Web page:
Best-selling journalist Antony Loewenstein trav­els across Afghanistan, Pakistan, Haiti, Papua New Guinea, the United States, Britain, Greece, and Australia to witness the reality of disaster capitalism. He discovers how companies such as G4S, Serco, and Halliburton cash in on or­ganized misery in a hidden world of privatized detention centers, militarized private security, aid profiteering, and destructive mining.

Disaster has become big business. Talking to immigrants stuck in limbo in Britain or visiting immigration centers in America, Loewenstein maps the secret networks formed to help cor­porations bleed what profits they can from economic crisis. He debates with Western contractors in Afghanistan, meets the locals in post-earthquake Haiti, and in Greece finds a country at the mercy of vulture profiteers. In Papua New Guinea, he sees a local commu­nity forced to rebel against predatory resource companies and NGOs.

What emerges through Loewenstein’s re­porting is a dark history of multinational corpo­rations that, with the aid of media and political elites, have grown more powerful than national governments. In the twenty-first century, the vulnerable have become the world’s most valu­able commodity. Disaster Capitalism is published by Verso in 2015 and in paperback in January 2017.

Profits_of_doom_cover_350Vulture capitalism has seen the corporation become more powerful than the state, and yet its work is often done by stealth, supported by political and media elites. The result is privatised wars and outsourced detention centres, mining companies pillaging precious land in developing countries and struggling nations invaded by NGOs and the corporate dollar. Best-selling journalist Antony Loewenstein travels to Afghanistan, Pakistan, Haiti, Papua New Guinea and across Australia to witness the reality of this largely hidden world of privatised detention centres, outsourced aid, destructive resource wars and militarized private security. Who is involved and why? Can it be stopped? What are the alternatives in a globalised world? Profits of Doom, published in 2013 and released in an updated edition in 2014, challenges the fundamentals of our unsustainable way of life and the money-making imperatives driving it. It is released in an updated edition in 2014.
forgodssakecover Four Australian thinkers come together to ask and answer the big questions, such as: What is the nature of the universe? Doesn't religion cause most of the conflict in the world? And Where do we find hope?   We are introduced to different belief systems – Judaism, Christianity, Islam – and to the argument that atheism, like organised religion, has its own compelling logic. And we gain insight into the life events that led each author to their current position.   Jane Caro flirted briefly with spiritual belief, inspired by 19th century literary heroines such as Elizabeth Gaskell and the Bronte sisters. Antony Loewenstein is proudly culturally, yet unconventionally, Jewish. Simon Smart is firmly and resolutely a Christian, but one who has had some of his most profound spiritual moments while surfing. Rachel Woodlock grew up in the alternative embrace of Baha'i belief but became entranced by its older parent religion, Islam.   Provocative, informative and passionately argued, For God's Sakepublished in 2013, encourages us to accept religious differences, but to also challenge more vigorously the beliefs that create discord.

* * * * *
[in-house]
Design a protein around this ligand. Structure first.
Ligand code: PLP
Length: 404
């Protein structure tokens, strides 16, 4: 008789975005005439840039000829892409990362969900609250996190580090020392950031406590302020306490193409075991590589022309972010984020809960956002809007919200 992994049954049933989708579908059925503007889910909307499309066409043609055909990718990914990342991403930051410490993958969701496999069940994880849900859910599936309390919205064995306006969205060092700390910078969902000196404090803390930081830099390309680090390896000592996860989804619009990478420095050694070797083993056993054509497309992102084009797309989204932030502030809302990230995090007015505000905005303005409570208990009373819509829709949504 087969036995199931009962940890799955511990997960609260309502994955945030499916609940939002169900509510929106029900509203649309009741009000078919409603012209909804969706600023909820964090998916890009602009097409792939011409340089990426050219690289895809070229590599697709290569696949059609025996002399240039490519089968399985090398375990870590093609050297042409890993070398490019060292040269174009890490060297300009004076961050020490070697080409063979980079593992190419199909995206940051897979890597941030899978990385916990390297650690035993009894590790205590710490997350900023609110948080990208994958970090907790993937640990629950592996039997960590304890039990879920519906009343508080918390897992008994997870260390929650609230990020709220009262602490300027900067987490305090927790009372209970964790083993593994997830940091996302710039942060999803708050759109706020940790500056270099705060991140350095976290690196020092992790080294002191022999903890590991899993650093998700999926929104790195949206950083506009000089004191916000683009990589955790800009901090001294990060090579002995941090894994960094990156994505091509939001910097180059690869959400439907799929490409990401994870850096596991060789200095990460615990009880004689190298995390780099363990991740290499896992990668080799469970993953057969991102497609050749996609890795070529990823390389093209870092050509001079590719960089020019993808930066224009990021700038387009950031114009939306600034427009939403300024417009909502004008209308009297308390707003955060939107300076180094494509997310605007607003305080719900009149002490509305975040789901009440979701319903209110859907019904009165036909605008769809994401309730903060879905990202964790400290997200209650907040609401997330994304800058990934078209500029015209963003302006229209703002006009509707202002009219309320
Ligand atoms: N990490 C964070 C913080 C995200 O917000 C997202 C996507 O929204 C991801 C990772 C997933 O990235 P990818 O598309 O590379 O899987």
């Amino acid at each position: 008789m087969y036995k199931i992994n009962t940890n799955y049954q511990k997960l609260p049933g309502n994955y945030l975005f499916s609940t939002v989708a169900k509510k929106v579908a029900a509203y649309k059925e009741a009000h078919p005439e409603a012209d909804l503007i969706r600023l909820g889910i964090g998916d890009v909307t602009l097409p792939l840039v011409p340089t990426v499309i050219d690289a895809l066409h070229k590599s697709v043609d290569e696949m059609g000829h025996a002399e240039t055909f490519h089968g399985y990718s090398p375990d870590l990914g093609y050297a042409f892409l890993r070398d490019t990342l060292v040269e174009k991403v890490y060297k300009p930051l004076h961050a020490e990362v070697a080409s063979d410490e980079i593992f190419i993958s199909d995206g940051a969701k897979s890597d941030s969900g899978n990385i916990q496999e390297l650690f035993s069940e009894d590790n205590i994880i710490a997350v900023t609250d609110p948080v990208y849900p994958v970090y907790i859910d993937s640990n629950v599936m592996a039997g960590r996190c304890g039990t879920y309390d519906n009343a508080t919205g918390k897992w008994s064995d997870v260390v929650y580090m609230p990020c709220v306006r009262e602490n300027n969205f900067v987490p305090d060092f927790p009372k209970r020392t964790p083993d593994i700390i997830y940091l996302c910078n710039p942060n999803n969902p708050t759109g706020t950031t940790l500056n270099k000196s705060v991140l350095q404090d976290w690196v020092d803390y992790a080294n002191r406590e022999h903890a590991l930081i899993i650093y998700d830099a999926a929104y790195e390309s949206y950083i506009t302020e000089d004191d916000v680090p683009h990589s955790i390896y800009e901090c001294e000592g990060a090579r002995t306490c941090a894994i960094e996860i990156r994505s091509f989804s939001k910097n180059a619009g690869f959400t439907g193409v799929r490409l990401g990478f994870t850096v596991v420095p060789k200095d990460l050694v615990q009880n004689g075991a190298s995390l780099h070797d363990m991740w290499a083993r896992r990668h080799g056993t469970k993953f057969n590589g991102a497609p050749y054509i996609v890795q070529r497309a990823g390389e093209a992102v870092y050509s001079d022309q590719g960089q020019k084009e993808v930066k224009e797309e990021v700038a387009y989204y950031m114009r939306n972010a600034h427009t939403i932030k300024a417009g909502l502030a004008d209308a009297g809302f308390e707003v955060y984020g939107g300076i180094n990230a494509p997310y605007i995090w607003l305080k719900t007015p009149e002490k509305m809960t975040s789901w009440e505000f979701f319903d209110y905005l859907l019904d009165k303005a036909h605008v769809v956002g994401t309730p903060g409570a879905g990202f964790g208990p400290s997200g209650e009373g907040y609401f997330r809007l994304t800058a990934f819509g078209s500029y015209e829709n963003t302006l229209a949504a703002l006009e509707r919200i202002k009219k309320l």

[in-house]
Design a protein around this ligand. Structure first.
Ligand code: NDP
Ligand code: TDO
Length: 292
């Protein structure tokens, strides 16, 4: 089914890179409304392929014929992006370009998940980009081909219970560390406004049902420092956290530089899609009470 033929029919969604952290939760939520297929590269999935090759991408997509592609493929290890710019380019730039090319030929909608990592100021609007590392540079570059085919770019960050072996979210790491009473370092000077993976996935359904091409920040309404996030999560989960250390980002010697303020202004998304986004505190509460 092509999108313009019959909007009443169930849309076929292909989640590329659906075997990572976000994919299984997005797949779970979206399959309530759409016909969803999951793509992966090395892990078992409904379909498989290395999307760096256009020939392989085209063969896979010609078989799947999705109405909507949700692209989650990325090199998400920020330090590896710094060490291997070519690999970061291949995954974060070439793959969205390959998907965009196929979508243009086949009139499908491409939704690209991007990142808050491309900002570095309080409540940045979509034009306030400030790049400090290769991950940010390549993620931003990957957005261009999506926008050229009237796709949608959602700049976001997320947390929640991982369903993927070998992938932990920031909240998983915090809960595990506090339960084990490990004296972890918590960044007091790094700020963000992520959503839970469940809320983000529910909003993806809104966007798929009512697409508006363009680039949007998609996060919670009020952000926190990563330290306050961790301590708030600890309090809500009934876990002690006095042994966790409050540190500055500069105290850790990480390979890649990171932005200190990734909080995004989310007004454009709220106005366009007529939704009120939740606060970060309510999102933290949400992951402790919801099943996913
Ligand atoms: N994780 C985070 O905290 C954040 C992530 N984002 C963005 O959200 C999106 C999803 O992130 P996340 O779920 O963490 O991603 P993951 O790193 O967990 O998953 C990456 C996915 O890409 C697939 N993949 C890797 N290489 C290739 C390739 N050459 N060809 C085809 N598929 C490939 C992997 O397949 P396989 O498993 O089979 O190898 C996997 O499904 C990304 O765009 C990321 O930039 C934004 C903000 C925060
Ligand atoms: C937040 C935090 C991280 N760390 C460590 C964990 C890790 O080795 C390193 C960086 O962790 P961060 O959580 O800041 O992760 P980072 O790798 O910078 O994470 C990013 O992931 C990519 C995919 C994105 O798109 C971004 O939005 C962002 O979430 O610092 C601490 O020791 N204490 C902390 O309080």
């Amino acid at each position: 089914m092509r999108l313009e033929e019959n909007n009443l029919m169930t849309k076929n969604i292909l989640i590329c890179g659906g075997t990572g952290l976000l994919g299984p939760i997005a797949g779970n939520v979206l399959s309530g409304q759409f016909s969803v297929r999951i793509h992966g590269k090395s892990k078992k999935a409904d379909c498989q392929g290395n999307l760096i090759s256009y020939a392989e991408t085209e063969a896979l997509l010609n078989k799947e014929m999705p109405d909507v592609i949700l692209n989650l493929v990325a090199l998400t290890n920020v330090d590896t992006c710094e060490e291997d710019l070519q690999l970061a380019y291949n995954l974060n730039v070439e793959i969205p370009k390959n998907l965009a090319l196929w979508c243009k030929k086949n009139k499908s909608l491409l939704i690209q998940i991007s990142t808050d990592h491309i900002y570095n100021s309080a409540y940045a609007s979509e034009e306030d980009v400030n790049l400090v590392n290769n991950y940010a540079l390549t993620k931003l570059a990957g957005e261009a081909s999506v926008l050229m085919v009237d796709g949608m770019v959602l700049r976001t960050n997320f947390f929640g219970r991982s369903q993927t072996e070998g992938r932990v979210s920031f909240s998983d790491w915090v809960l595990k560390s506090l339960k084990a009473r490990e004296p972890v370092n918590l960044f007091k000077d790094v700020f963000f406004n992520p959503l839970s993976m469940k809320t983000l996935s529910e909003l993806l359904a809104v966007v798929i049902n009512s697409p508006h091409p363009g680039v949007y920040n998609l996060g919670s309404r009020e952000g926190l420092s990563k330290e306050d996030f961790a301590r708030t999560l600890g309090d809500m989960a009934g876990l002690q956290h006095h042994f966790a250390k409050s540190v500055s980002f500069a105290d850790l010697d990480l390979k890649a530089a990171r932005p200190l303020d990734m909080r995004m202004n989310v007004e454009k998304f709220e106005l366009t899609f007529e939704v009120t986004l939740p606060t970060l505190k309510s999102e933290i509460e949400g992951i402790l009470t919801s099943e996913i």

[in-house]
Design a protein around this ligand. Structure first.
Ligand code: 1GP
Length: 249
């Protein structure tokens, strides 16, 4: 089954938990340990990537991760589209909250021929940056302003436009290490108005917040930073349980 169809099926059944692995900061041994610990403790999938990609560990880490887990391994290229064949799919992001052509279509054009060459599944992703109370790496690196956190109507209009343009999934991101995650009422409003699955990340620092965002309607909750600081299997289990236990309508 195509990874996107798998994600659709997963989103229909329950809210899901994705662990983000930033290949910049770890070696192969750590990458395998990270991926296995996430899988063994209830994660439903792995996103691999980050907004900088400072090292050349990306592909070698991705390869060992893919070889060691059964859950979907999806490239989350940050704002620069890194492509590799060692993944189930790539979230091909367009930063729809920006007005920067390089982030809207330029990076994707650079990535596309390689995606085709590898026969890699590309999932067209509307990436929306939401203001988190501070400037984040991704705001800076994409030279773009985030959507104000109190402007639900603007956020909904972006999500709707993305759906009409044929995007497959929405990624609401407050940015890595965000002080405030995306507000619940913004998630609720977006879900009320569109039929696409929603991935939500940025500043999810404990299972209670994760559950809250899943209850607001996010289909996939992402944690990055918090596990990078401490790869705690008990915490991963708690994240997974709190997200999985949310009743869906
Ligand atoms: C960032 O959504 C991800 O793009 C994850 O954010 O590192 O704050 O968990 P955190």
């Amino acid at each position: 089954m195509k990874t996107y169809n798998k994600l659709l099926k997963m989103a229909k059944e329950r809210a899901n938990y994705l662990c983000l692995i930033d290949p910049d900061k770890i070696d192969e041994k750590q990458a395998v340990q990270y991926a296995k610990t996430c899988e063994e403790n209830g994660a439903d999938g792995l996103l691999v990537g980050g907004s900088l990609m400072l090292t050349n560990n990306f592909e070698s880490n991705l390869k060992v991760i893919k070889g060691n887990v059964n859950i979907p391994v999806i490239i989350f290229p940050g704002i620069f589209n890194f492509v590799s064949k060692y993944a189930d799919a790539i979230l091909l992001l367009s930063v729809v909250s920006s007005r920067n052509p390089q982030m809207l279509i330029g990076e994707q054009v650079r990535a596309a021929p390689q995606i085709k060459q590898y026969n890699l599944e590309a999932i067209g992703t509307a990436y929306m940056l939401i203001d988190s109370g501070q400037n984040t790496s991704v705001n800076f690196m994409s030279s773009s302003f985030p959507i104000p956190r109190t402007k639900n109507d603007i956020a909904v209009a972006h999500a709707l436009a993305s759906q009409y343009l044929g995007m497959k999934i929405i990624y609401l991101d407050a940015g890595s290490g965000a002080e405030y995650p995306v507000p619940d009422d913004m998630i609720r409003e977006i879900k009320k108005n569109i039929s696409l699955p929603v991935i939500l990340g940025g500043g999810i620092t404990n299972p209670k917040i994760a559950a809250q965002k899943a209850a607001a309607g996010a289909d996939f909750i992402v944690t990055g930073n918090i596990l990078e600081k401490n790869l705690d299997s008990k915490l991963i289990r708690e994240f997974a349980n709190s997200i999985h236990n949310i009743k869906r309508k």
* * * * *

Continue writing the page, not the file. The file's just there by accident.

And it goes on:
After Zionism, published in 2012 and 2013 with co-editor Ahmed Moor, brings together some of the world s leading thinkers on the Middle East question to dissect the century-long conflict between Zionism and the Palestinians, and to explore possible forms of a one-state solution. Time has run out for the two-state solution because of the unending and permanent Jewish colonization of Palestinian land. Although deep mistrust exists on both sides of the conflict, growing numbers of Palestinians and Israelis, Jews and Arabs are working together to forge a different, unified future. Progressive and realist ideas are at last gaining a foothold in the discourse, while those influenced by the colonial era have been discredited or abandoned. Whatever the political solution may be, Palestinian and Israeli lives are intertwined, enmeshed, irrevocably. This daring and timely collection includes essays by Omar Barghouti, Jonathan Cook, Joseph Dana, Jeremiah Haber, Jeff Halper, Ghada Karmi, Antony Loewenstein, Saree Makdisi, John Mearsheimer, Ahmed Moor, Ilan Pappe, Sara Roy and Phil Weiss.
The 2008 financial crisis opened the door for a bold, progressive social movement. But despite widespread revulsion at economic inequity and political opportunism, after the crash very little has changed. Has the Left failed? What agenda should progressives pursue? And what alternatives do they dare to imagine? Left Turn, published by Melbourne University Press in 2012 and co-edited with Jeff Sparrow, is aimed at the many Australians disillusioned with the political process. It includes passionate and challenging contributions by a diverse range of writers, thinkers and politicians, from Larissa Berendht and Christos Tsiolkas to Guy Rundle and Lee Rhiannon. These essays offer perspectives largely excluded from the mainstream. They offer possibilities for resistance and for a renewed struggle for change.